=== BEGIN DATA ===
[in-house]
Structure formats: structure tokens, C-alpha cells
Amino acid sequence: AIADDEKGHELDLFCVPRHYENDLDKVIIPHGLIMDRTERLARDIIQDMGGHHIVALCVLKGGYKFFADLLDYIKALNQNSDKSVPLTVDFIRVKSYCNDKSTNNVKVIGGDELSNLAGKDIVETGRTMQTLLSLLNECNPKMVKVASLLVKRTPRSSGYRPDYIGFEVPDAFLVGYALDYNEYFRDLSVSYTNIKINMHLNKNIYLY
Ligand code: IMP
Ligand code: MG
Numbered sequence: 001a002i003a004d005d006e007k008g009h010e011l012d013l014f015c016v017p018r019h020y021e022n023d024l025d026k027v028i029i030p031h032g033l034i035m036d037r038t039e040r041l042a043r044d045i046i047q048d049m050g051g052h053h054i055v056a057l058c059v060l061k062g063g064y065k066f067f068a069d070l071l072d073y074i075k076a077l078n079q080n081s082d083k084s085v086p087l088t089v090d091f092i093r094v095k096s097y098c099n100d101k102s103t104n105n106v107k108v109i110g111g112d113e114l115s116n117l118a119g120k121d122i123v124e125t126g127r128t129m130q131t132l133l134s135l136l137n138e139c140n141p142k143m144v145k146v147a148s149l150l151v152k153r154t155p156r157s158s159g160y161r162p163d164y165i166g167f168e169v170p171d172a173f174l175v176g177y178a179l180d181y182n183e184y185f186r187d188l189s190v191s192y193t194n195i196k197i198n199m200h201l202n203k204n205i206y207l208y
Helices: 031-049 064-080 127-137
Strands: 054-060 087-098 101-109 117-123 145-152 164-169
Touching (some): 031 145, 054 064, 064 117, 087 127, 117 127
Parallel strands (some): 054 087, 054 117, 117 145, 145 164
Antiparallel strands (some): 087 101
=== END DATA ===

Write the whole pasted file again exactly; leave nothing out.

[in-house]
Structure formats: structure tokens, C-alpha cells
Amino acid sequence: AIADDEKGHELDLFCVPRHYENDLDKVIIPHGLIMDRTERLARDIIQDMGGHHIVALCVLKGGYKFFADLLDYIKALNQNSDKSVPLTVDFIRVKSYCNDKSTNNVKVIGGDELSNLAGKDIVETGRTMQTLLSLLNECNPKMVKVASLLVKRTPRSSGYRPDYIGFEVPDAFLVGYALDYNEYFRDLSVSYTNIKINMHLNKNIYLY
Ligand code: IMP
Ligand code: MG
Numbered sequence: 001a002i003a004d005d006e007k008g009h010e011l012d013l014f015c016v017p018r019h020y021e022n023d024l025d026k027v028i029i030p031h032g033l034i035m036d037r038t039e040r041l042a043r044d045i046i047q048d049m050g051g052h053h054i055v056a057l058c059v060l061k062g063g064y065k066f067f068a069d070l071l072d073y074i075k076a077l078n079q080n081s082d083k084s085v086p087l088t089v090d091f092i093r094v095k096s097y098c099n100d101k102s103t104n105n106v107k108v109i110g111g112d113e114l115s116n117l118a119g120k121d122i123v124e125t126g127r128t129m130q131t132l133l134s135l136l137n138e139c140n141p142k143m144v145k146v147a148s149l150l151v152k153r154t155p156r157s158s159g160y161r162p163d164y165i166g167f168e169v170p171d172a173f174l175v176g177y178a179l180d181y182n183e184y185f186r187d188l189s190v191s192y193t194n195i196k197i198n199m200h201l202n203k204n205i206y207l208y
Helices: 031-049 064-080 127-137
Strands: 054-060 087-098 101-109 117-123 145-152 164-169
Touching (some): 031 145, 054 064, 064 117, 087 127, 117 127
Parallel strands (some): 054 087, 054 117, 117 145, 145 164
Antiparallel strands (some): 087 101